If you have a keen interest in archaeology or ancient civilizations, Mexico has much to offer you: the Mayan city of Chichen Itza in the Yucatan peninsula, the pyramids of Teotihuacan or the pyramid of the Morning Star in Tula.
Are you a colonial history buff? Stroll around time-warped colonial towns such as Taxco (ever popular for its abundance of silver), the valley of Oaxaca dotted with tiny colonial villages or San Miguel de Allende with its charming cobblestone streets and colonial-era mansions, to name just a few.
Or maybe a glitzy resort or lonely beach is more your thing. Mexico's coastline boasts of some of the most beautiful sea & surf destinations: Los Cabos in Baja California on the western peninsula or over at the Yucatan peninsula is Cozumel one of the world's premier dive destinations. And who has not heard of Acapulco, the country's original resort town or Puerto Vallarta on the Pacific coast. You can also opt to throw back some margaritas in the tourist city of Cancun where you might even do some celebrity sight-seeing.
The options are endless! You need at least a couple months to see and enjoy everything. I consider myself very blessed to have had the opportunity to visit the places that occupied the top two spots on my 'Mexico musts' (must see, must do, must try) list: the pyramids of Teotihuacan and the Basilica de Guadalupe.
Katia thoughtfully arranged a day trip for all of us. We met our very amiable Mexican guide, Juan Carlos (right), at the lobby of our hotel from where he led us to the waiting van. As we made our way from the city center to the Basilica de Guadalupe, Juan Carlos pointed out the many landmarks that dotted the landscape and explained their significance in Mexico's history. He regaled us with countless factual tales and amusing legends while patiently answering all our questions.
We drove by two famous plazas. The Plaza de las Tres Culturas which gets its name from the mix of modern, colonial and pre-Columbian architecture that have developed around it. This plaza is the site of the ruins of Tlatelolco, the twin city of the Aztec capital of Tenochtitlan, the most imporant commercial center of its time. Further along is Plaza Garibaldi, home of Mariachi music since the 1920s. Musicians can be seen here waiting to be hired (like those pictured below) to play a song or three or more depending on how much you are willing to spend. A mariachi band may be hired per song or per hour and rates vary according to number of musicians and experience.
As we continued towards our destination, Juan Carlos recounted the familiar story of Juan Diego, the humble native Mexican who the Virgin Mary appeared to on Tepeyac Hill during his daily morning walk to what is now Mexico City. She asked him to tell the Bishop that she wanted a church built on the site where she stood. But when Juan Diego told the Bishop about what he saw and of the Virgin Mary's request, the Bishop was skeptical and told Juan that he needed a miraculous sign. When Juan went back to the hill, there he saw Castillian roses never before seen in Mexico.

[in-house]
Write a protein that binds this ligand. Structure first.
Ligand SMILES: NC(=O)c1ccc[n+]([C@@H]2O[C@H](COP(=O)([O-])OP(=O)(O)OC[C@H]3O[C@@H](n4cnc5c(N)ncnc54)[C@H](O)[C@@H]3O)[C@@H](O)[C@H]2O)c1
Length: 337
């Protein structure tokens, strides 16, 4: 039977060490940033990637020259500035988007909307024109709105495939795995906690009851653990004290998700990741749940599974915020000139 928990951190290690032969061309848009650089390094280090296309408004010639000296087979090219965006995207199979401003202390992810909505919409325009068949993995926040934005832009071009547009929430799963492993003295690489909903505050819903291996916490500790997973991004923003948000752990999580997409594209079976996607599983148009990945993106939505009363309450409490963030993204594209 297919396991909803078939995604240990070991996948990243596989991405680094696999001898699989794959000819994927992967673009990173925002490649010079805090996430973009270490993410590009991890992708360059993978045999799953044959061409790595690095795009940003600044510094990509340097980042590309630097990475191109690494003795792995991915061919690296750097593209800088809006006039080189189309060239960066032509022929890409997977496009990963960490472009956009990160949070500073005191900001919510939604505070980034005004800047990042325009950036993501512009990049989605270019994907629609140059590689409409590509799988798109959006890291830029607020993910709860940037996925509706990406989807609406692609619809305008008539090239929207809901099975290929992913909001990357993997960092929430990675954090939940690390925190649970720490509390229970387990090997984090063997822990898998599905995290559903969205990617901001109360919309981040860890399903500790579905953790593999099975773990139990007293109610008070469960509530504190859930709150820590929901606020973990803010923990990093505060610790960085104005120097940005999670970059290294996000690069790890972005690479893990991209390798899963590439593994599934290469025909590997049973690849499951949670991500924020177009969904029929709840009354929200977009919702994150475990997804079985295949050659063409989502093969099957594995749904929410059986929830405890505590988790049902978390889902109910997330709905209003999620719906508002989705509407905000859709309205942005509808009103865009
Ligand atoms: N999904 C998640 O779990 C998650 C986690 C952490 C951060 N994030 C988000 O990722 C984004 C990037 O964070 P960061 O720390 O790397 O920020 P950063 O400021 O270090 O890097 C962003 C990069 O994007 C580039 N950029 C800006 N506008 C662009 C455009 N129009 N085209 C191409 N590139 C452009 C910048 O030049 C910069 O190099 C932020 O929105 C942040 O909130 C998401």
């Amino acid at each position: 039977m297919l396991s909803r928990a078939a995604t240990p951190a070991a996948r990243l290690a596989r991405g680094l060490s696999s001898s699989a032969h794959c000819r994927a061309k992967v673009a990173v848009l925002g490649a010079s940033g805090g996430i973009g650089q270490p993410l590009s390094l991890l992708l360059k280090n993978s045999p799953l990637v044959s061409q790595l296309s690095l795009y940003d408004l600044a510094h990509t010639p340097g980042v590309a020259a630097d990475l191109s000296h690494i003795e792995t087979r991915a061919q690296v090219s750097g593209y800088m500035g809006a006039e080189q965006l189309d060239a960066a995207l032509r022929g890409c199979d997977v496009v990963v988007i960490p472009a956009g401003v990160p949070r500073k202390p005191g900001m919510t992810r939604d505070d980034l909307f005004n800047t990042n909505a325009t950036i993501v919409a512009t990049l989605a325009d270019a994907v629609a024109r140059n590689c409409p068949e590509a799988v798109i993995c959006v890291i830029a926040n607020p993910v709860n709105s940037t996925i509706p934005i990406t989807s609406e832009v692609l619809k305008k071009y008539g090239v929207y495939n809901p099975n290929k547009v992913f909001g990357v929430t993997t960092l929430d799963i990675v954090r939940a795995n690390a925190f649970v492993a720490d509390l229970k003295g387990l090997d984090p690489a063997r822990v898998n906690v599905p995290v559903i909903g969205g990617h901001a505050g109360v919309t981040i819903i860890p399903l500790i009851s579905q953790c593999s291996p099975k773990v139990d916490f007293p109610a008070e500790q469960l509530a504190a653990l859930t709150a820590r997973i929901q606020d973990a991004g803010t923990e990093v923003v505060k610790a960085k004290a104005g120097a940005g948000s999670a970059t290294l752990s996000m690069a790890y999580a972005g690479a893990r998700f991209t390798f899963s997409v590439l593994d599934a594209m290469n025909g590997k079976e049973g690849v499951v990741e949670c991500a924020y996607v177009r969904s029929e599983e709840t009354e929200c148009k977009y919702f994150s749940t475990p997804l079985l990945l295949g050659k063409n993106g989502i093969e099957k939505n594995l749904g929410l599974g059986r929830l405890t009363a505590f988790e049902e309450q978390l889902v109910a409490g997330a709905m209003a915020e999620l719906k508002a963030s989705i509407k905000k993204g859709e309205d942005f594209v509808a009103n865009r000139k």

He quickly gathered these up in his cloak and hurried back to the Bishop. As the flowers fell to the ground, there emblazoned on his cloak was a glowing image of a dark-skinned Virgin Mary, who later became known as Our Lady of Guadalupe. That was all the Bishop needed to order the construction of the Basilica de Guadalupe, now the second most visited church after St. Peter's Basilica in the Vatican.
The Virgin of Guadalupe is now recognized as the patron saint of Mexico. She appeared during a dark time in Mexico's history, during the struggle of the Old World and the New World. Her dark-skinned mestiza image mirrored that of the Mexican people, and her apparition brought them renewed hope and unity. She was immediately given the highest form of reverence. Her magnitude is unmatched even by Jesus Christ. She is the mother of the Mexican people, their queen. Juan Carlos tells us proudly: " the three most important things to a Mexican are Our Lady of Guadalupe, the Flag and Football, in that order." I found that highly amusing. :)
A circular modern church (the New Basilica) was built when the original one started to sink making it unsafe under the weight of the 10 million people who make the pilgrimage to her shrine every year. The Old Basilica is still open to the public. As you enter, you are greeted by a bronze statue of St. Juan Diego whose cloak is engraved with the famous image. Hanging from his left arm and pinned to the red board behind him are rosaries, letters, pictures and prayers of all kinds.